Doctor Faustus: Reviewed


Taking what I thought would be an unwise break from my coursework to see Doctor Faustus turned out to be an extremely rewarding decision. The On The Rocks show, directed by Alexander Gillespie and Bennett Bonci, was an excellent interpretation and combination of the A- and B-texts, turning the new Venue 1 into a setting for inane necromancy and tragicomic downfall.

The 16th century play by Christopher Marlowe follows the titular scholar’s doomed quest to achieve academic greatness, wealth and political power by selling his soul to Lucifer. His lofty ambitions degenerate into a travesty following the pact, turning him into a comedic magician assisted by the long-suffering Mephistophelis. It is a play about desire, the vacancy of its object and the inaccessibility of truth, which takes the audience on a journey of foolishness – quite literally, in this case.


The choice to have the show in promenade was conducive to, not only a clever use of the Union space, but also the piece’s expression of the human condition, forcing the audience to accompany Faustus on his farcical passage from the lust for transcendent knowledge and unholy power, to bogus science and practical jokes. At one solemn point, the audience naturally congealed into an expectant passage on either side of Faustus, almost guiding him towards the open gates of hell.

The mobile audience also allowed for an impressive reimagining of many of the more pantomimic scenes, such as Mephistophilis’ first entrance and the display of the Seven Deadly Sins. Costume designer Felicity Guite created wonderful devils using masks, and illustrated the timelessness of the play’s themes with costumes from a mixture of periods.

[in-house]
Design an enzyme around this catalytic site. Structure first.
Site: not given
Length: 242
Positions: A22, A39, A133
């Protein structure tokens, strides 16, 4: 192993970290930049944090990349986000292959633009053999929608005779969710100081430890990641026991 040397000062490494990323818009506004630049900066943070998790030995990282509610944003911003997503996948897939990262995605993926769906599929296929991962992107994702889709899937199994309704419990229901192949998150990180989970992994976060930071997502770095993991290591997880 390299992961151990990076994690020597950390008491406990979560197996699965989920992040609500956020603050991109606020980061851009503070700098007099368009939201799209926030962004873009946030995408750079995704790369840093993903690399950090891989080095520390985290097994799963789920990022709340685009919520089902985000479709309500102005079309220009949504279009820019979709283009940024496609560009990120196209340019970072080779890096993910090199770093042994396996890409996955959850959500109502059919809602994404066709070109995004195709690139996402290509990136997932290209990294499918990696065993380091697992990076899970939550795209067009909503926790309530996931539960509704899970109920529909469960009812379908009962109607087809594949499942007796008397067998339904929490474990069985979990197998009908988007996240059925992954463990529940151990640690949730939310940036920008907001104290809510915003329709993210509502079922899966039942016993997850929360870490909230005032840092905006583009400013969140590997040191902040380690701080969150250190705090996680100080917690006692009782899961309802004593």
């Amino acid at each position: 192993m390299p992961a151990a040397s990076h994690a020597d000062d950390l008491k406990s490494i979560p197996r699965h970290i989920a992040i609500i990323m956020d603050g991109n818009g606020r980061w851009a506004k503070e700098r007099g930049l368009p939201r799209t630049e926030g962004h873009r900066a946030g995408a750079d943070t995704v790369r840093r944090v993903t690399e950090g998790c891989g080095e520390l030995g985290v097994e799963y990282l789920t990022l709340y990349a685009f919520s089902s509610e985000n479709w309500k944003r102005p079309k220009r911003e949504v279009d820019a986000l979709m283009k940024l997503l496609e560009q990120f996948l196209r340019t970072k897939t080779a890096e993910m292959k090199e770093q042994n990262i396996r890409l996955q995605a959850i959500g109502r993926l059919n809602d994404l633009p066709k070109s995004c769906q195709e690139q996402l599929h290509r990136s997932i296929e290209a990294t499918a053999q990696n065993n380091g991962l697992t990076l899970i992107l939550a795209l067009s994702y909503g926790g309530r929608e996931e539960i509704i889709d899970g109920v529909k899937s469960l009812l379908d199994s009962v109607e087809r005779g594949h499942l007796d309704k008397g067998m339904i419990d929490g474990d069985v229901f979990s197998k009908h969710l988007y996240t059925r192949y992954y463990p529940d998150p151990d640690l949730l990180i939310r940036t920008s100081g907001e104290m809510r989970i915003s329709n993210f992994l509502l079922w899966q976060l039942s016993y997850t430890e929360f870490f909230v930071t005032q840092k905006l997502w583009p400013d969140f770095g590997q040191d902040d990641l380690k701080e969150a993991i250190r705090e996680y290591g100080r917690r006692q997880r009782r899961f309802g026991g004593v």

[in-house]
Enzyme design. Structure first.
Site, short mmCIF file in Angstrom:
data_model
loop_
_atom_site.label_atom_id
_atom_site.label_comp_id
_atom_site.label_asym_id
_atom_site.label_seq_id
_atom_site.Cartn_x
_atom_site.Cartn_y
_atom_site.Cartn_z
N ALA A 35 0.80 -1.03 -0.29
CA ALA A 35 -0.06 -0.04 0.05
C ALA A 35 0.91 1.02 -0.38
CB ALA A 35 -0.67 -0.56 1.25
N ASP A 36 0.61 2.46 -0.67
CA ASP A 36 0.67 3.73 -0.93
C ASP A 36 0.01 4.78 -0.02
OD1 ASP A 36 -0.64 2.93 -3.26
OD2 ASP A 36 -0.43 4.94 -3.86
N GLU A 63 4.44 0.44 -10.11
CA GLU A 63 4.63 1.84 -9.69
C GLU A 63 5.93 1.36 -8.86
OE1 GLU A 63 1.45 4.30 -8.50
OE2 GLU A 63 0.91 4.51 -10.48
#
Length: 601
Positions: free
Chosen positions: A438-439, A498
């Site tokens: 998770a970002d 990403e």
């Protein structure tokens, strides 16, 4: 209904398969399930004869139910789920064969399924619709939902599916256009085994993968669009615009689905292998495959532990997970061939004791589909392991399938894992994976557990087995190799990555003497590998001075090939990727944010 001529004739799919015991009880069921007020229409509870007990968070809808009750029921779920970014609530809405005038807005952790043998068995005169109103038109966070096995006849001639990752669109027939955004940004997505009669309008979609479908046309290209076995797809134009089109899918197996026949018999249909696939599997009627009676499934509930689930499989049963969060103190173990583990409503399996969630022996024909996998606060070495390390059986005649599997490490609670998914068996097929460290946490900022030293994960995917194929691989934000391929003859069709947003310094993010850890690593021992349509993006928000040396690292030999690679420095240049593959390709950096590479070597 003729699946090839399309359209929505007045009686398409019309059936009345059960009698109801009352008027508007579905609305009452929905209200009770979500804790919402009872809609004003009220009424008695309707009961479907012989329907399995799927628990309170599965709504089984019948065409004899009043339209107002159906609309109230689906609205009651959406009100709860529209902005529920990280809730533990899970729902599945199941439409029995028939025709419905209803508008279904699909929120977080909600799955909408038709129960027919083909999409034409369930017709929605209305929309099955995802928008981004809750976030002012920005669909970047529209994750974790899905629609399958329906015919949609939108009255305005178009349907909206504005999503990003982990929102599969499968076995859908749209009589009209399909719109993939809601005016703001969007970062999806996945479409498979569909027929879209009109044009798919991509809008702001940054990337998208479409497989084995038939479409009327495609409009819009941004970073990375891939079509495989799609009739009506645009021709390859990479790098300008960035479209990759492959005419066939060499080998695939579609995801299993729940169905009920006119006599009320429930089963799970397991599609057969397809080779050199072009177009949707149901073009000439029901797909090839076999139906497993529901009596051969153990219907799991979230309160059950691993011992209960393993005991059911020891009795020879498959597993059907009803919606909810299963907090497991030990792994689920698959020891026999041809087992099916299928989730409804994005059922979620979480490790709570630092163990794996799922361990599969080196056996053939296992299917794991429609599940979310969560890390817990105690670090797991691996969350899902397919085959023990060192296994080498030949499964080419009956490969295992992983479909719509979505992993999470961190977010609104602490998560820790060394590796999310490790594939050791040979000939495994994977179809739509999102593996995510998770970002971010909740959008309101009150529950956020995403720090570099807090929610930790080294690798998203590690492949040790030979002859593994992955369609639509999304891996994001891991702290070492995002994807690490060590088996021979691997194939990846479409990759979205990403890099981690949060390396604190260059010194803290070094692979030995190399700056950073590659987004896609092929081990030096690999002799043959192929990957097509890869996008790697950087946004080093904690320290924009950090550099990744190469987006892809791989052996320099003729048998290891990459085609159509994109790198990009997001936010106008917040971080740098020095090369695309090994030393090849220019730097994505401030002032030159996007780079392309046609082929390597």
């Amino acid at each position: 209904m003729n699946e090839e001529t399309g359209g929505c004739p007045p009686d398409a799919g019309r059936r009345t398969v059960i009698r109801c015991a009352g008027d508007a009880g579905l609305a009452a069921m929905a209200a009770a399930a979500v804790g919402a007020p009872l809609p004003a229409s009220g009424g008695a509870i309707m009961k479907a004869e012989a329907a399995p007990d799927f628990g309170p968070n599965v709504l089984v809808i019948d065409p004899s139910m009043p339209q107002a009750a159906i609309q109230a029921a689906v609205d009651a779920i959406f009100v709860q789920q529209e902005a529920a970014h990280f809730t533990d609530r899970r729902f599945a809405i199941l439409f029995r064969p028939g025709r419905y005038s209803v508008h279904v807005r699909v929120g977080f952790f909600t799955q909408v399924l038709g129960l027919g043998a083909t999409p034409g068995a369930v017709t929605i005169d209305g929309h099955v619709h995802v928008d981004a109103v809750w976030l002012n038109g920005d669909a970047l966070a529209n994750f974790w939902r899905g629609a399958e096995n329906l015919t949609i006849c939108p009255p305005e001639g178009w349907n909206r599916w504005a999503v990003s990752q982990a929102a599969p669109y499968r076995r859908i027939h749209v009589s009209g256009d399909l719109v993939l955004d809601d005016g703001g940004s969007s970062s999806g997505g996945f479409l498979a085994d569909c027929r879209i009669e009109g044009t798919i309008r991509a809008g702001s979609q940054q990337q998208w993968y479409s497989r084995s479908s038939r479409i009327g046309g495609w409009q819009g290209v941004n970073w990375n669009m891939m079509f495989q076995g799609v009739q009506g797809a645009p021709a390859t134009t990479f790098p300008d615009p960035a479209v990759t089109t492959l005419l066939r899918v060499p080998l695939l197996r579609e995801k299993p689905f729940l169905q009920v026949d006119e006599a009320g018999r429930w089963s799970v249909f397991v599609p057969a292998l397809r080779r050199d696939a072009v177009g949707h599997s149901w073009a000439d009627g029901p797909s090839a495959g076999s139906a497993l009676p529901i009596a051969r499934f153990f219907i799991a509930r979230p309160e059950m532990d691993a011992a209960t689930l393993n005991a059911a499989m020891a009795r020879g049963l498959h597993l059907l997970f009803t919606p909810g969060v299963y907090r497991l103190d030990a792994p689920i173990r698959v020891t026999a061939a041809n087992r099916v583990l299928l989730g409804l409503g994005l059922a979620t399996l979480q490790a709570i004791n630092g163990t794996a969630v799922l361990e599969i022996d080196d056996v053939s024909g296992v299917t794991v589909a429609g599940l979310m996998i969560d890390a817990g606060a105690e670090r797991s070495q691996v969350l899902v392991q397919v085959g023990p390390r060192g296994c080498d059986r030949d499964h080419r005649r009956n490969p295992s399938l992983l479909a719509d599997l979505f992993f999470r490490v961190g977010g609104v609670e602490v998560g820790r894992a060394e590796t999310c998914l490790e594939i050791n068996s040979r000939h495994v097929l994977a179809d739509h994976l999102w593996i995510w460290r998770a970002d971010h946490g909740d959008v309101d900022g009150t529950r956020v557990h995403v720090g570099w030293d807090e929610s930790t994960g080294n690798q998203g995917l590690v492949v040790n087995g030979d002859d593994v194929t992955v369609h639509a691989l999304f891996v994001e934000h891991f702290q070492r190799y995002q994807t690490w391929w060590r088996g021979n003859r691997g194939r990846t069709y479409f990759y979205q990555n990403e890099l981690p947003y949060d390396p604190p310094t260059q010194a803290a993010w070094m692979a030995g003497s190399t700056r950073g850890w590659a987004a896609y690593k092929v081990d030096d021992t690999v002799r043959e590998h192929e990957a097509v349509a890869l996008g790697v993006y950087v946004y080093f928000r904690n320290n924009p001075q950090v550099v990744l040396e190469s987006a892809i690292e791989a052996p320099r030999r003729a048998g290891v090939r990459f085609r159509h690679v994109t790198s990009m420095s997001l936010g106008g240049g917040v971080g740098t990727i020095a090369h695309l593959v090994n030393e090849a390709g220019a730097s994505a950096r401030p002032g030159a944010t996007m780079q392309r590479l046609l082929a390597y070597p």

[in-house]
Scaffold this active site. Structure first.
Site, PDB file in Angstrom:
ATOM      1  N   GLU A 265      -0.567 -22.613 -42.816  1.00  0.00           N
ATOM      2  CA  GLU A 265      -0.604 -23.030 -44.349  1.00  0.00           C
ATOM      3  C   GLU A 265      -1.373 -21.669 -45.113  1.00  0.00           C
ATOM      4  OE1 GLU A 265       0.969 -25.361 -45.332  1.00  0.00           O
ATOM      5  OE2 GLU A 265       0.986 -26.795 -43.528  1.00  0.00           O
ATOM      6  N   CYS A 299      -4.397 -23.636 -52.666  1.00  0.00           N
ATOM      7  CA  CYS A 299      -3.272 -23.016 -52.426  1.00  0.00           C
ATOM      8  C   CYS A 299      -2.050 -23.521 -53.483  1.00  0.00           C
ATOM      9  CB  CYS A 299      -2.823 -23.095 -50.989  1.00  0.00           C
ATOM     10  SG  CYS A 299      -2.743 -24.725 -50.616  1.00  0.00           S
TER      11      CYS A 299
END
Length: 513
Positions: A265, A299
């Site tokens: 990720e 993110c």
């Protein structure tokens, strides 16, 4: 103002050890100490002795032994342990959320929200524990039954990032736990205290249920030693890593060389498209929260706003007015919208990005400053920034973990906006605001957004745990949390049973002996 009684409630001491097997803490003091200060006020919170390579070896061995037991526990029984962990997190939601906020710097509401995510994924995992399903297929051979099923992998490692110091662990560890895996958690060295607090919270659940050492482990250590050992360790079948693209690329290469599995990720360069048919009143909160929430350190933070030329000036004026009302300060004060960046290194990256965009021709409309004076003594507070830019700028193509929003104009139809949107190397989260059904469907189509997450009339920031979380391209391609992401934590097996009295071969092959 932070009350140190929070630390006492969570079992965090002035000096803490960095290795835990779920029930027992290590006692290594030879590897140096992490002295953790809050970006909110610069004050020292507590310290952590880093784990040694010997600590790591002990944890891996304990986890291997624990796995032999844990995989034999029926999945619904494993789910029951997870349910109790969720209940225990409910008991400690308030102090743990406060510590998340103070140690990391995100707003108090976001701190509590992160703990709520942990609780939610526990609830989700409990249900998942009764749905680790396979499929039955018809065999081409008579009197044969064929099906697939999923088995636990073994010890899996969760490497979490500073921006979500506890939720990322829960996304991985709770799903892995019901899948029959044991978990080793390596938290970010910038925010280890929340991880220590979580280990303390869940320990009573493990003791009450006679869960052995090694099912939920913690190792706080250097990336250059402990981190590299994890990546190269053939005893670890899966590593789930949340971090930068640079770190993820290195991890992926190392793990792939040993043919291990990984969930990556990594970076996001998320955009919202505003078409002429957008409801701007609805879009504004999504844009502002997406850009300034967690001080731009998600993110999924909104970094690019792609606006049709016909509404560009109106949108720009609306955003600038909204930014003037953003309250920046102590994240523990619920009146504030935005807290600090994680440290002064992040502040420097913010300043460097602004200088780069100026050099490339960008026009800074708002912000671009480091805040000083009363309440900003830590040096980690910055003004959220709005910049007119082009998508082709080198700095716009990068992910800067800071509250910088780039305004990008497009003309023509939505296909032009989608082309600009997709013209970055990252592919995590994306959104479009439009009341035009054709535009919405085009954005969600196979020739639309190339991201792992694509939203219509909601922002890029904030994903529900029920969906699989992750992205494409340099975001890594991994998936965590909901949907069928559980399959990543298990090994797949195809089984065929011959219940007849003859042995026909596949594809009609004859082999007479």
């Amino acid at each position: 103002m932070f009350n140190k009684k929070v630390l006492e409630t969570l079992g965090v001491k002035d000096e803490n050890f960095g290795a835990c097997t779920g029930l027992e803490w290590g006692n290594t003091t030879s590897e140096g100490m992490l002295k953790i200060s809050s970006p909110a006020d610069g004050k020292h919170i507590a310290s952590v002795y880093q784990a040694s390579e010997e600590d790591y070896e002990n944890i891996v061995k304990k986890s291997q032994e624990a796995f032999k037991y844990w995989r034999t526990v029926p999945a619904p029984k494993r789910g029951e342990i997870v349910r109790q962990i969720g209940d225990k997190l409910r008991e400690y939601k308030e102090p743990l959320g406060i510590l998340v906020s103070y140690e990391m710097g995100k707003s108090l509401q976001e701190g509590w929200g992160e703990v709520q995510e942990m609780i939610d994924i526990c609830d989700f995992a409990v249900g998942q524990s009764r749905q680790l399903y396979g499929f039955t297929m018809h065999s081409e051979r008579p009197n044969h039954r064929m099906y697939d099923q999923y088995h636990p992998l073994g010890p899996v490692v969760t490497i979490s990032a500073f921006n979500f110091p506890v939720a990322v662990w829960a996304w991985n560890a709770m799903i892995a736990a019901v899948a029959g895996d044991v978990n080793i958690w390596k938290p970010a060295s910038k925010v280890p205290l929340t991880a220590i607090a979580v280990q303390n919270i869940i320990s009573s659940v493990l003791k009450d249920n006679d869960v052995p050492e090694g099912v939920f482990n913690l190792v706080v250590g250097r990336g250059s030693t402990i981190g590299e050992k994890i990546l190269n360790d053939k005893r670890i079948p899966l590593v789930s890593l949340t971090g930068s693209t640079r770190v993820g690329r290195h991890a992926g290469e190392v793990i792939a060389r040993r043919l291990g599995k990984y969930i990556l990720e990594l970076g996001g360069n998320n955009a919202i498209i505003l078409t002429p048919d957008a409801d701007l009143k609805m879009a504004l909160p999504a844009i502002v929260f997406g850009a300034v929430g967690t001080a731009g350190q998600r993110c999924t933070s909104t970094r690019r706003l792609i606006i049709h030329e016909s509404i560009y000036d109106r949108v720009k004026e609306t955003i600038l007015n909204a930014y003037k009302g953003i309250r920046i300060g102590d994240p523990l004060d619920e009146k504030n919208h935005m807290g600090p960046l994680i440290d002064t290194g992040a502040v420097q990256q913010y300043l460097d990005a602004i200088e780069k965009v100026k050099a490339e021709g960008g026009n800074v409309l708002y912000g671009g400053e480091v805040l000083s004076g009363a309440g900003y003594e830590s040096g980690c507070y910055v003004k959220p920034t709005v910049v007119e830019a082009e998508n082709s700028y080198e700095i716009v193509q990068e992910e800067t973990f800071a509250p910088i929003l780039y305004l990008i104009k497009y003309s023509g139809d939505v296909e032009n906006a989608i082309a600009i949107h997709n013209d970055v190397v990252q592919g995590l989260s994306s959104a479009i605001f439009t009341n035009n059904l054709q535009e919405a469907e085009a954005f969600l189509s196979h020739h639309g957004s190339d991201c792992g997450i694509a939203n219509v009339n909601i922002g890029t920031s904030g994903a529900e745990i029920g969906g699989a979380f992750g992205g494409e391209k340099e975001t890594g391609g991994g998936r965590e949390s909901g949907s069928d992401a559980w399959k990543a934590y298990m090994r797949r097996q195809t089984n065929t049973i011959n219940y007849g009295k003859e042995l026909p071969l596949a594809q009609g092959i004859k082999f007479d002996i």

Marlowe’s Doctor Faustus has a notoriously silly middle section that can be difficult to balance with its darker, philosophically richer frame, yet Gillespie and Bonci managed to capture a pleasant style of humour through a combination of well-choreographed slapstick and the casts’ remarkable harmony and confidence with the material. Succeeding in doing so, I believe, best communicates the play’s absurdist undertones that make the piece suitable for the 21st century stage.

The entire cast displayed huge talent. Noah Liebmiller delivered a well-studied and absorbing Faustus, complemented by a coldly level-headed interpretation of Mephistophilis. One of the most noteworthy aspects of the play was the choice to cast Noah’s twin brother, Jared, as the masked demon, adding a significant (though convenient) revelation to the ending, and more force to the fluidity of identity that Marlowe toys with. I am struggling to single out particular cast members for flattery, given the number of excellent actors involved, but I especially enjoyed Alice Gold’s exaggerated aristocratic accent as the Emperor, and the more traditional Elizabethan entertainment that Jemima Tysson Smith and Becca Schwarz provided as Robin and Dick.


Doctor Faustus was one of the best theatre experiences I have had in St Andrews, more than warranting its full house on both nights, and my neglected coursework.

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